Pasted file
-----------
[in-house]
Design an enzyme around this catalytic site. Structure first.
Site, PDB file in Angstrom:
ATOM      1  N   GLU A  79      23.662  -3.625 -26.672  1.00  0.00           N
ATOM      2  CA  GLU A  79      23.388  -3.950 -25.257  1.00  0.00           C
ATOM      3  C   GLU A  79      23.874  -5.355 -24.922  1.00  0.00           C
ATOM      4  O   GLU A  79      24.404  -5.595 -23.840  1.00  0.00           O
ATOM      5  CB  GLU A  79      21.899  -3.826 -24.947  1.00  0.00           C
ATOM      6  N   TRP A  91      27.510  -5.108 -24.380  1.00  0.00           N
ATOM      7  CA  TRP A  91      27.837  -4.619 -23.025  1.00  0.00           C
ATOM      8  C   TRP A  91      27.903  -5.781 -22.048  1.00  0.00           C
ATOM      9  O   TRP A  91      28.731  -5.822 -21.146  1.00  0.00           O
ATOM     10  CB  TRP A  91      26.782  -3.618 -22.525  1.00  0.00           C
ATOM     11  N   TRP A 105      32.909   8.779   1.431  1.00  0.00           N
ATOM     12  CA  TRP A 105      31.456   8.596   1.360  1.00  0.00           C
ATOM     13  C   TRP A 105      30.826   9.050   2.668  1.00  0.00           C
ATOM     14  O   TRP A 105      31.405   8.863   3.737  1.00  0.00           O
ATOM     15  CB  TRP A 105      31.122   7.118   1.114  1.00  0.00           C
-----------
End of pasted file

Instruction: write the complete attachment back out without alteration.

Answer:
[in-house]
Design an enzyme around this catalytic site. Structure first.
Site, PDB file in Angstrom:
ATOM      1  N   GLU A  79      23.662  -3.625 -26.672  1.00  0.00           N
ATOM      2  CA  GLU A  79      23.388  -3.950 -25.257  1.00  0.00           C
ATOM      3  C   GLU A  79      23.874  -5.355 -24.922  1.00  0.00           C
ATOM      4  O   GLU A  79      24.404  -5.595 -23.840  1.00  0.00           O
ATOM      5  CB  GLU A  79      21.899  -3.826 -24.947  1.00  0.00           C
ATOM      6  N   TRP A  91      27.510  -5.108 -24.380  1.00  0.00           N
ATOM      7  CA  TRP A  91      27.837  -4.619 -23.025  1.00  0.00           C
ATOM      8  C   TRP A  91      27.903  -5.781 -22.048  1.00  0.00           C
ATOM      9  O   TRP A  91      28.731  -5.822 -21.146  1.00  0.00           O
ATOM     10  CB  TRP A  91      26.782  -3.618 -22.525  1.00  0.00           C
ATOM     11  N   TRP A 105      32.909   8.779   1.431  1.00  0.00           N
ATOM     12  CA  TRP A 105      31.456   8.596   1.360  1.00  0.00           C
ATOM     13  C   TRP A 105      30.826   9.050   2.668  1.00  0.00           C
ATOM     14  O   TRP A 105      31.405   8.863   3.737  1.00  0.00           O
ATOM     15  CB  TRP A 105      31.122   7.118   1.114  1.00  0.00           C